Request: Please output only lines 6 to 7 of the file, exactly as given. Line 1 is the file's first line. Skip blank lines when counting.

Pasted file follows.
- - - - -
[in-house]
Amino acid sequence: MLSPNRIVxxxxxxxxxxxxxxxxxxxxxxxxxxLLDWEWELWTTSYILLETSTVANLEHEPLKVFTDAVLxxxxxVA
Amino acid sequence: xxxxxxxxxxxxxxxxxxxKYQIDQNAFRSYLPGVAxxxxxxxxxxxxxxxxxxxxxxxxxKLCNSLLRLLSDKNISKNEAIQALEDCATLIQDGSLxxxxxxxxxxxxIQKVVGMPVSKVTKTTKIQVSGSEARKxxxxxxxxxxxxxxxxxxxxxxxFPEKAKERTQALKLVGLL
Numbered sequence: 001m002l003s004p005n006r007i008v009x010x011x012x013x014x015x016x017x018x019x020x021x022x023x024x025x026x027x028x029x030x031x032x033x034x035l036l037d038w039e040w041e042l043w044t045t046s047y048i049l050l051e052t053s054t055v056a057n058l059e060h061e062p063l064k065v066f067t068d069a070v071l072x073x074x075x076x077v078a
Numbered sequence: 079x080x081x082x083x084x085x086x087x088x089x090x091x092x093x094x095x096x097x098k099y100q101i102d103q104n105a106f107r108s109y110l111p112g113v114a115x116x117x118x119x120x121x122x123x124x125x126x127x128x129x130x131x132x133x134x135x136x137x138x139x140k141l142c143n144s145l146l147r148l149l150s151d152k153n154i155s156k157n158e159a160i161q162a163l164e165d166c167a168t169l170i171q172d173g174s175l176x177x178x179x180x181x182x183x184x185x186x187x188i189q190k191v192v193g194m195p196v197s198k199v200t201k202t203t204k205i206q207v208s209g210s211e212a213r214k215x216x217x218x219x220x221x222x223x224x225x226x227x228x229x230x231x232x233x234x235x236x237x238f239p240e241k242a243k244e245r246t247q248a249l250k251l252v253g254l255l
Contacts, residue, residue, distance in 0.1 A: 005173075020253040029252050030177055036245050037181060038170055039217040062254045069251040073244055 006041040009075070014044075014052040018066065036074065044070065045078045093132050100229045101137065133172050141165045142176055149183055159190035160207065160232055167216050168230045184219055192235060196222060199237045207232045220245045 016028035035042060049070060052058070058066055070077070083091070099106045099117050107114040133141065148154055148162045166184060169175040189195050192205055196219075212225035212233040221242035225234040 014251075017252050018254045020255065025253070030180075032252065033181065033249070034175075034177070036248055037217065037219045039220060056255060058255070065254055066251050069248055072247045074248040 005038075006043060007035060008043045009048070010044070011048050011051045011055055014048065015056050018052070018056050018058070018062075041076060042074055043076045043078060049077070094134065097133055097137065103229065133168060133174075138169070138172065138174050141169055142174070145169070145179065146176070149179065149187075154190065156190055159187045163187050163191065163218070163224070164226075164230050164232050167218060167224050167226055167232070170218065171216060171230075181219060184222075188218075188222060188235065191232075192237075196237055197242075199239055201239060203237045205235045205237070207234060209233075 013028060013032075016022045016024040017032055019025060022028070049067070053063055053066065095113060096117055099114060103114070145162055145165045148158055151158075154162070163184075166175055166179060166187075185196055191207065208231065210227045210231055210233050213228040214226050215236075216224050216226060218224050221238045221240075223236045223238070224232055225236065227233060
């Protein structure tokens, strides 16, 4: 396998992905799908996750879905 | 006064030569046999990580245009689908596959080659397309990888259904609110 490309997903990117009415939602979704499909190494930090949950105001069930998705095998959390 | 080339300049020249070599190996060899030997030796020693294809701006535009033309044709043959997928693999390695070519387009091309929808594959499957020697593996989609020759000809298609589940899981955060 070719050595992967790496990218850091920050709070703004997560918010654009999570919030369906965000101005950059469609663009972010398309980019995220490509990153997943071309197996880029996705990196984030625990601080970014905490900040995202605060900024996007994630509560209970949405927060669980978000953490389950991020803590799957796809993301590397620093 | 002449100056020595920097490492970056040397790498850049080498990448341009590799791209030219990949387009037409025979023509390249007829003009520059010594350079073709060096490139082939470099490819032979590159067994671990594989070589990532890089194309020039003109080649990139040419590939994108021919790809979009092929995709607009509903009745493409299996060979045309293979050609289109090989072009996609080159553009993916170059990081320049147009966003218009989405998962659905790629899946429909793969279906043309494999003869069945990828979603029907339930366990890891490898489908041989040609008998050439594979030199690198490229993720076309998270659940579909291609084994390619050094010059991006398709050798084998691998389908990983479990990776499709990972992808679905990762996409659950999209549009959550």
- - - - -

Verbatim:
Contacts, residue, residue, distance in 0.1 A: 005173075020253040029252050030177055036245050037181060038170055039217040062254045069251040073244055 006041040009075070014044075014052040018066065036074065044070065045078045093132050100229045101137065133172050141165045142176055149183055159190035160207065160232055167216050168230045184219055192235060196222060199237045207232045220245045 016028035035042060049070060052058070058066055070077070083091070099106045099117050107114040133141065148154055148162045166184060169175040189195050192205055196219075212225035212233040221242035225234040 014251075017252050018254045020255065025253070030180075032252065033181065033249070034175075034177070036248055037217065037219045039220060056255060058255070065254055066251050069248055072247045074248040 005038075006043060007035060008043045009048070010044070011048050011051045011055055014048065015056050018052070018056050018058070018062075041076060042074055043076045043078060049077070094134065097133055097137065103229065133168060133174075138169070138172065138174050141169055142174070145169070145179065146176070149179065149187075154190065156190055159187045163187050163191065163218070163224070164226075164230050164232050167218060167224050167226055167232070170218065171216060171230075181219060184222075188218075188222060188235065191232075192237075196237055197242075199239055201239060203237045205235045205237070207234060209233075 013028060013032075016022045016024040017032055019025060022028070049067070053063055053066065095113060096117055099114060103114070145162055145165045148158055151158075154162070163184075166175055166179060166187075185196055191207065208231065210227045210231055210233050213228040214226050215236075216224050216226060218224050221238045221240075223236045223238070224232055225236065227233060
């Protein structure tokens, strides 16, 4: 396998992905799908996750879905 | 006064030569046999990580245009689908596959080659397309990888259904609110 490309997903990117009415939602979704499909190494930090949950105001069930998705095998959390 | 080339300049020249070599190996060899030997030796020693294809701006535009033309044709043959997928693999390695070519387009091309929808594959499957020697593996989609020759000809298609589940899981955060 070719050595992967790496990218850091920050709070703004997560918010654009999570919030369906965000101005950059469609663009972010398309980019995220490509990153997943071309197996880029996705990196984030625990601080970014905490900040995202605060900024996007994630509560209970949405927060669980978000953490389950991020803590799957796809993301590397620093 | 002449100056020595920097490492970056040397790498850049080498990448341009590799791209030219990949387009037409025979023509390249007829003009520059010594350079073709060096490139082939470099490819032979590159067994671990594989070589990532890089194309020039003109080649990139040419590939994108021919790809979009092929995709607009509903009745493409299996060979045309293979050609289109090989072009996609080159553009993916170059990081320049147009966003218009989405998962659905790629899946429909793969279906043309494999003869069945990828979603029907339930366990890891490898489908041989040609008998050439594979030199690198490229993720076309998270659940579909291609084994390619050094010059991006398709050798084998691998389908990983479990990776499709990972992808679905990762996409659950999209549009959550």